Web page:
Structural Heart Valve Program

Structural heart disease refers to a defect in the heart’s valves, walls, or chambers. The condition can be present at birth (congenital) or can develop over time. The Structural Heart Valve Program at UMC has a multidisciplinary team that specializes in managing congenital conditions as well as diagnosing and treating acquired structural heart conditions. We use the latest technology and techniques to deliver the highest quality, patient-centric care. 

The most common types of structural heart disease are:

  • Aortic valve disease
  • Congenital heart diseases such as atrial septal defect and ventricular septal defect
  • Hypertrophic cardiomyopathy
  • Mitral valve disease
  • Tricuspid and pulmonic valve disease


Most of our structural heart disease patients come to us through a general cardiologist, an interventional cardiologist, or a cardiovascular surgeon. We find that early diagnosis is critical to successful treatment, so we are thorough in our investigations. We start by conducting a complete physical exam followed by additional tests that may include the following:

  • Echocardiograms
  • Computed tomography scans
  • Cardiac magnetic resonance imaging scans


For years, structural heart diseases were treated with open heart surgery, but now less invasive approaches, also referred to as transcatheter valve replacements or percutaneous valve replacements, are available for patients.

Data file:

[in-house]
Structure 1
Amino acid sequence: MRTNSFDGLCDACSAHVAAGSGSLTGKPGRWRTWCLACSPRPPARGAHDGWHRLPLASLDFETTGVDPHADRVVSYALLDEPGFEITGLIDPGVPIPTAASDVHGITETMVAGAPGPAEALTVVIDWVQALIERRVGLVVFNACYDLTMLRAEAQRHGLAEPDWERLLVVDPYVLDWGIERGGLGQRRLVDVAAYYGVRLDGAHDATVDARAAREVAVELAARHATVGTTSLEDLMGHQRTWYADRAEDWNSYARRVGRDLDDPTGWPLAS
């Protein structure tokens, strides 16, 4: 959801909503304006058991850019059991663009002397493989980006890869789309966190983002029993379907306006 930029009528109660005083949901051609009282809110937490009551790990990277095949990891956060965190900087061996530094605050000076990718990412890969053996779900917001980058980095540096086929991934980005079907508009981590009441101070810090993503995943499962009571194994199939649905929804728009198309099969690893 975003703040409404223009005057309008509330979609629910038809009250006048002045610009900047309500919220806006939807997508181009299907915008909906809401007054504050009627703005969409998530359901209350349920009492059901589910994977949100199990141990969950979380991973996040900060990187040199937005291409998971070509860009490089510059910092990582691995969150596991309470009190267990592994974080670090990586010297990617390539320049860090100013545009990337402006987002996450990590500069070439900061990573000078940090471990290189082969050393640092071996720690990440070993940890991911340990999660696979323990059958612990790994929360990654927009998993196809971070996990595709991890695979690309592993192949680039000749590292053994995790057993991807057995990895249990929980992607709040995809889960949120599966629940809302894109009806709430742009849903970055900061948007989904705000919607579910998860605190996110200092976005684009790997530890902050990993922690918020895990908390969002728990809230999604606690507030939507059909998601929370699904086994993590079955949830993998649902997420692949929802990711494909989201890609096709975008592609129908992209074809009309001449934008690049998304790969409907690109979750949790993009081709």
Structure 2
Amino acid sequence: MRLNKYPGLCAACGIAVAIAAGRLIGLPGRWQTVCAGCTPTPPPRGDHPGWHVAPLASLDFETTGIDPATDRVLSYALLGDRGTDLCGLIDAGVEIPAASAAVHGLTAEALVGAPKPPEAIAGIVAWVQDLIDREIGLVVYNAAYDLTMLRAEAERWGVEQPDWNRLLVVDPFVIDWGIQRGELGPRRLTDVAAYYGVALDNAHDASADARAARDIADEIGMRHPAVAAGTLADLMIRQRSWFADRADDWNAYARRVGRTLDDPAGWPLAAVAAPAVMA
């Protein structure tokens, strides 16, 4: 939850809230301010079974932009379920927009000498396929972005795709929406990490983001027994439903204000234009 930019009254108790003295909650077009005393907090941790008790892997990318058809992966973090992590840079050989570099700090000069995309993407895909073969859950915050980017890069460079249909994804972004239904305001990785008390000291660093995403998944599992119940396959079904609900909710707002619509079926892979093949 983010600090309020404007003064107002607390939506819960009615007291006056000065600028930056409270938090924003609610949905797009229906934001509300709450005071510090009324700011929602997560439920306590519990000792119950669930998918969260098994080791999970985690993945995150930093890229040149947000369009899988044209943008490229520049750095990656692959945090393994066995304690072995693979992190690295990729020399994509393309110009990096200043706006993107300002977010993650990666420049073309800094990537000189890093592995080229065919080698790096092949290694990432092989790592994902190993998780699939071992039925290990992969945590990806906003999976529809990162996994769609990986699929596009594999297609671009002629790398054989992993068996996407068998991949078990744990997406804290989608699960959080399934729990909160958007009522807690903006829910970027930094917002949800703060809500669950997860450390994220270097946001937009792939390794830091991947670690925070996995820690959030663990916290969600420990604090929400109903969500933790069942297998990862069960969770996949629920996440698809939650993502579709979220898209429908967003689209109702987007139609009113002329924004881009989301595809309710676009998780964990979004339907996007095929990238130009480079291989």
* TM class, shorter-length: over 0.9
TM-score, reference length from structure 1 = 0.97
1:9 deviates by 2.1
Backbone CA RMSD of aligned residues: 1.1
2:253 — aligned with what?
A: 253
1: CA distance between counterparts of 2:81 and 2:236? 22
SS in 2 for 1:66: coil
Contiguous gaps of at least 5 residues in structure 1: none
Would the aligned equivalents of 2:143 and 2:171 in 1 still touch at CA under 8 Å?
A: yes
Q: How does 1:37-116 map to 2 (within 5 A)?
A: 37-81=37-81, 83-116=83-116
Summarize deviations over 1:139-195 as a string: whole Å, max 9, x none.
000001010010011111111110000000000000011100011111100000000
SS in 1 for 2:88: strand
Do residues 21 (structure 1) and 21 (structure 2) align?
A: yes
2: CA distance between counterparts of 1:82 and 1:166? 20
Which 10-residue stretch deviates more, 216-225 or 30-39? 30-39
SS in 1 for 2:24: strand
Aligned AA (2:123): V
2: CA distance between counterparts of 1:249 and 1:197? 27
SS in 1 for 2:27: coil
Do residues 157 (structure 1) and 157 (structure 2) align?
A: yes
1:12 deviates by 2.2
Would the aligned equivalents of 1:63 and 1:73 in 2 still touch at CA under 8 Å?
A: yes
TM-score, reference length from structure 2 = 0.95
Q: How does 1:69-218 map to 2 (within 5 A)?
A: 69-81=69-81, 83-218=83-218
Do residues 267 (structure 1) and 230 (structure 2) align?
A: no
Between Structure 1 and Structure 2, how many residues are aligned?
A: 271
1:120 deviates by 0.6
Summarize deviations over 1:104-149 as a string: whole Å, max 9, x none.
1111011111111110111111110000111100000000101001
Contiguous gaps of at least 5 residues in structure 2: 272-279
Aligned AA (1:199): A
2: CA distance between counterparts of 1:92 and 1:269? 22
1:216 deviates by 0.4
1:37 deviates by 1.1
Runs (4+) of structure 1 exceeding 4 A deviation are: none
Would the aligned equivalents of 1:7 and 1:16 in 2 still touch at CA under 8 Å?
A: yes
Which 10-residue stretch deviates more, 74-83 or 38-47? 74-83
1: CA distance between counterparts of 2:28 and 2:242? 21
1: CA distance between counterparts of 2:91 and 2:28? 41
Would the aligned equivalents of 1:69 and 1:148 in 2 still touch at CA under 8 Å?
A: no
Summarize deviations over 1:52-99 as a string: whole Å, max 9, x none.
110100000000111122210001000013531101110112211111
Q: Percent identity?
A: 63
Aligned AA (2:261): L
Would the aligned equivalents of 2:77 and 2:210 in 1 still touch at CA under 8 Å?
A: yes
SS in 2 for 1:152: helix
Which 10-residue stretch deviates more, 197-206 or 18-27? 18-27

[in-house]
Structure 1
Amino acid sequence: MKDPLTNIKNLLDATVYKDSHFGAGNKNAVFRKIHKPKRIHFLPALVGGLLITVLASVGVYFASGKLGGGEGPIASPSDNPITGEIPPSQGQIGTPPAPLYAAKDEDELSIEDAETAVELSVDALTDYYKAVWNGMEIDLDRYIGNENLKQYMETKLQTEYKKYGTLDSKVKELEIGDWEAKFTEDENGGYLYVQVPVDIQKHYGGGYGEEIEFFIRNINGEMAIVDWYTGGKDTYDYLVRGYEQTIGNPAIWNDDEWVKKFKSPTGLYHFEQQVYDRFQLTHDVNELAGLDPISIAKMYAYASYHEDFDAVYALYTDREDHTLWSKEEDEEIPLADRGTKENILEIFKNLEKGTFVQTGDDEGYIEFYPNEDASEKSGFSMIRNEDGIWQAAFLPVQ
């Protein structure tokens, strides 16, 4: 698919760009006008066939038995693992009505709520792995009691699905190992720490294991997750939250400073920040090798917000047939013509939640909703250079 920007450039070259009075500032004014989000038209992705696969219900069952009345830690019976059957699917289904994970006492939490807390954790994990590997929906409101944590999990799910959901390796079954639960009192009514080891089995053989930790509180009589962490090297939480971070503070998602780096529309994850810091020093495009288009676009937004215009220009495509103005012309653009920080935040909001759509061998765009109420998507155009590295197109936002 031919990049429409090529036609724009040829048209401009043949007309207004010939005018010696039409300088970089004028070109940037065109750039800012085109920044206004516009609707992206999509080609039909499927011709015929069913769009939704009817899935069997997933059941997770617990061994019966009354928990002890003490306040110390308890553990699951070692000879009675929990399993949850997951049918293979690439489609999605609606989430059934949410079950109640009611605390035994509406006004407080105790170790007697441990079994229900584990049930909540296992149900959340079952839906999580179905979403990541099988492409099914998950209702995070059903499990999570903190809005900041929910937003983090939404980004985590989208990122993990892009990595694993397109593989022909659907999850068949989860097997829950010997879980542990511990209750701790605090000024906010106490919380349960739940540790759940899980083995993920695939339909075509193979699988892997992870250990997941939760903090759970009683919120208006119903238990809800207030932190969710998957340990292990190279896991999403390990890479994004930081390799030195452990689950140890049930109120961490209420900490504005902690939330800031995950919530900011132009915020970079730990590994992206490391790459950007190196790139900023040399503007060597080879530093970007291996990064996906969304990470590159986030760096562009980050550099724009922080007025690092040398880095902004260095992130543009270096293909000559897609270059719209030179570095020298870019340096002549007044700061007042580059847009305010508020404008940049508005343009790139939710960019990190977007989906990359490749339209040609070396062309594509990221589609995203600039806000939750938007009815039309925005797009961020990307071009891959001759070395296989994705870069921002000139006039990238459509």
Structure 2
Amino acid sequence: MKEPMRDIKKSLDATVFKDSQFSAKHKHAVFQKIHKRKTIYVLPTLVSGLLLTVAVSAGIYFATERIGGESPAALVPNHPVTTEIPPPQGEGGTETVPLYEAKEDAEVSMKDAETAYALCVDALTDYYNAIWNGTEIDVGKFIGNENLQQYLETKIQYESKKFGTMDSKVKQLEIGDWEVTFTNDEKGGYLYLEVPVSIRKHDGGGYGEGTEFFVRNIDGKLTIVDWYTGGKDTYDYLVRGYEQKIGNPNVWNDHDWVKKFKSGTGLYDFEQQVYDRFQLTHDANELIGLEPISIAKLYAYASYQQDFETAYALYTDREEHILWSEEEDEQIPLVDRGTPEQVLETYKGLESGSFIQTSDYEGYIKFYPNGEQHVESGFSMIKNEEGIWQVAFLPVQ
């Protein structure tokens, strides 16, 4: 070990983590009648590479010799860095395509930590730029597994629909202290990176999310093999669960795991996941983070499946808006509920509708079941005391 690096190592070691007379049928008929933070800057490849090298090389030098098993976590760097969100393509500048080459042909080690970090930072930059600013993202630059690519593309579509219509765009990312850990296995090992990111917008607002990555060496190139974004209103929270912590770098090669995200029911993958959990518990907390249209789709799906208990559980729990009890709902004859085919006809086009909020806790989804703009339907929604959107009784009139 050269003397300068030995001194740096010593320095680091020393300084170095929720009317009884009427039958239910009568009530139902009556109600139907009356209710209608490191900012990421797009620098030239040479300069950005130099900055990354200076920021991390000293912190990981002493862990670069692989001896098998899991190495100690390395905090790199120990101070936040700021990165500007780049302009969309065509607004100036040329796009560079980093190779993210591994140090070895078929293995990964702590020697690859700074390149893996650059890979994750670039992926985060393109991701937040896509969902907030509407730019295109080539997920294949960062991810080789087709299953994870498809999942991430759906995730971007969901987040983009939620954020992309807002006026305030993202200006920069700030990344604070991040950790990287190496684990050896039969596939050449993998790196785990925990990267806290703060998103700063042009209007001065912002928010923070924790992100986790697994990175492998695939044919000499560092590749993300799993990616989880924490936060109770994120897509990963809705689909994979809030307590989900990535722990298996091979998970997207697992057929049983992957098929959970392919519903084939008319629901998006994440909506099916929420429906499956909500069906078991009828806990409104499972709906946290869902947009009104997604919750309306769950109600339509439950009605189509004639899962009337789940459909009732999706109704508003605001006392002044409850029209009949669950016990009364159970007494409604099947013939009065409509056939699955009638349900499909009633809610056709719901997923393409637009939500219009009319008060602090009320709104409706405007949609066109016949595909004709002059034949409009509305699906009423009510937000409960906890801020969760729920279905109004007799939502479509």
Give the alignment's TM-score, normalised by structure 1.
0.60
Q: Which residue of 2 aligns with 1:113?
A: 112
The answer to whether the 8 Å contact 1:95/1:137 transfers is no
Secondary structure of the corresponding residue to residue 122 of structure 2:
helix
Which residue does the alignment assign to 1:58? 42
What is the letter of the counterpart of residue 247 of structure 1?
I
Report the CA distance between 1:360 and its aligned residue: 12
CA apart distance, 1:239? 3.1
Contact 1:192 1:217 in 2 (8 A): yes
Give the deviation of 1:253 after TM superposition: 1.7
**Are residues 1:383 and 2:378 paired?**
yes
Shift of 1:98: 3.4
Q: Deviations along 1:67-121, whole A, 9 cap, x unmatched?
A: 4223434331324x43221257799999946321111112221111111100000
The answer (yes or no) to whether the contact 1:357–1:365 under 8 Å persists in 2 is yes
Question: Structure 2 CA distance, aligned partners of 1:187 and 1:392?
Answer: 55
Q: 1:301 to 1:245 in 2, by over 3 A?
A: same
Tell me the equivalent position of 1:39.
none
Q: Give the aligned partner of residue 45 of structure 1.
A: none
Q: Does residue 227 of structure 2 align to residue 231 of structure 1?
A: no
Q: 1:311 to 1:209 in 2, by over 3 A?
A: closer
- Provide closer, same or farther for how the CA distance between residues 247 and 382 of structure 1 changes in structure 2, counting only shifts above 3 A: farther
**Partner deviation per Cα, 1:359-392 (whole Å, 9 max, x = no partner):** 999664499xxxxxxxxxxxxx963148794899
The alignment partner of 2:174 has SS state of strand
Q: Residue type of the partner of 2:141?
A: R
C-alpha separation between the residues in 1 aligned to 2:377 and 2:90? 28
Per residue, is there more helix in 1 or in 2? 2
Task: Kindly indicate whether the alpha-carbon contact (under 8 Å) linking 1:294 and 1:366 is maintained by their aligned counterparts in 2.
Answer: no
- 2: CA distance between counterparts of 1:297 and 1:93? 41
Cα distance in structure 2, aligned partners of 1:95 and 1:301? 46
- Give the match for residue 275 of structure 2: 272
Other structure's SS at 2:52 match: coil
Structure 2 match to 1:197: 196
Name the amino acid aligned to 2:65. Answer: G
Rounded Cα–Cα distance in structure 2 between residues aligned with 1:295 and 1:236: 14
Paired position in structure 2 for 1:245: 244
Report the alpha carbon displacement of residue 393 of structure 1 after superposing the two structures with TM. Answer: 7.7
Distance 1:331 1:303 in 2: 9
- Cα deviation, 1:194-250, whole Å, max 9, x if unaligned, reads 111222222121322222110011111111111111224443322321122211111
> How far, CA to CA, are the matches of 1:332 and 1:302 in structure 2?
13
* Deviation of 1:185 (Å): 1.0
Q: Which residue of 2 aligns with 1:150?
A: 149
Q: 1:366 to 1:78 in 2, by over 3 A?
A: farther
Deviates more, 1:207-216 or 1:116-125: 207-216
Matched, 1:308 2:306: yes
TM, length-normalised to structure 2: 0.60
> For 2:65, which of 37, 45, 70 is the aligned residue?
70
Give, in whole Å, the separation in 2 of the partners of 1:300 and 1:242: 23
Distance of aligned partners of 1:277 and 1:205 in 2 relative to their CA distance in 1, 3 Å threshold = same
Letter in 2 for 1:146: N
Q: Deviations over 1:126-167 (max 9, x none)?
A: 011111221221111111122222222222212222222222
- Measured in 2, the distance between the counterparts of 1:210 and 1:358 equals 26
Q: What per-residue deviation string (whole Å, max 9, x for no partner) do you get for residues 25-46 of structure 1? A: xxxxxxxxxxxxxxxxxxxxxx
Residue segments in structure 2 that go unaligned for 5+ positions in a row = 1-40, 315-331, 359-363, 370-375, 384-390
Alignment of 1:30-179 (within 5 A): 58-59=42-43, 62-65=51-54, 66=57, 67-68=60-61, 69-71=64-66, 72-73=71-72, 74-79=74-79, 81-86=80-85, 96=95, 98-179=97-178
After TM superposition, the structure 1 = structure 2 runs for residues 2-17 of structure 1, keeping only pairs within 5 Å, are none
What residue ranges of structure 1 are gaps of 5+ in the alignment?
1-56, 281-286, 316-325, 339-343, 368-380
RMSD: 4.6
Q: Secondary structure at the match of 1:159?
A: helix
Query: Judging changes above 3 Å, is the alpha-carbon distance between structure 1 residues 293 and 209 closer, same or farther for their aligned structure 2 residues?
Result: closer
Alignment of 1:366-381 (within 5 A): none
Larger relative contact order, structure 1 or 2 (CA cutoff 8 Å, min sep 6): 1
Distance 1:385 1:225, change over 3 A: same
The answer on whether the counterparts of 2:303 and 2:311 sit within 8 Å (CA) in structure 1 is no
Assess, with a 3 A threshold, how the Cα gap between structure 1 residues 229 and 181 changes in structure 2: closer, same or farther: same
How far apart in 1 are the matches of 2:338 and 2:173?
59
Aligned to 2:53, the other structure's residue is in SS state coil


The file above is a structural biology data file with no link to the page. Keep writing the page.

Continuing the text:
There are a number of advantages to minimally invasive procedures including shorter procedure times, little to no scarring, less blood loss, decreased pain, shorter hospital stays, faster recovery, and fewer complications. If you are a good candidate for our structural heart program, your surgeon will work together with an Interventional Cardiologist to determine the most appropriate course of treatment.

At UMC we offer several types of minimally invasive procedures to treat structural heart disease, depending on the specific situation. Treatments include: Transcatheter aortic valve replacement (TAVR), alcohol septal ablation, mitral clip, and amplatzer septal occluder.

Transcatheteraortic Valve Replacement (TAVR)

TAVR, a minimally invasive procedure, repairs the valve without removing the old, damaged valve. Similar to a stent placed in an artery, the TAVR approach delivers a replacement valve that pushes the old valve out of the way, and the tissue in the replacement valve takes over regulating blood flow.

Read the New Orleans Living Magazine interview with Dr. Pedro R. Cox-Alomar


Valve Clinic Info:

Lori Perkins RN, CCRN
Structural Heart Coordinator

Office: (504) 702-3401

Fax: (504) 702-3080.                             

Our Partners


The Louisiana State University Health Sciences Center New Orleans has teaching, research, and health care functions state-wide, through its six professional schools and twelve Centers of Excellence, as well as the more than one hundred hospitals and other health science related institutions with which they maintain affiliations.


The second-oldest medical school in the Deep South and the 15th oldest medical school in the United States, Tulane School of Medicine is equipping the next generation of medical professionals with the tools to succeed in a rapidly changing world and shape the future of health care.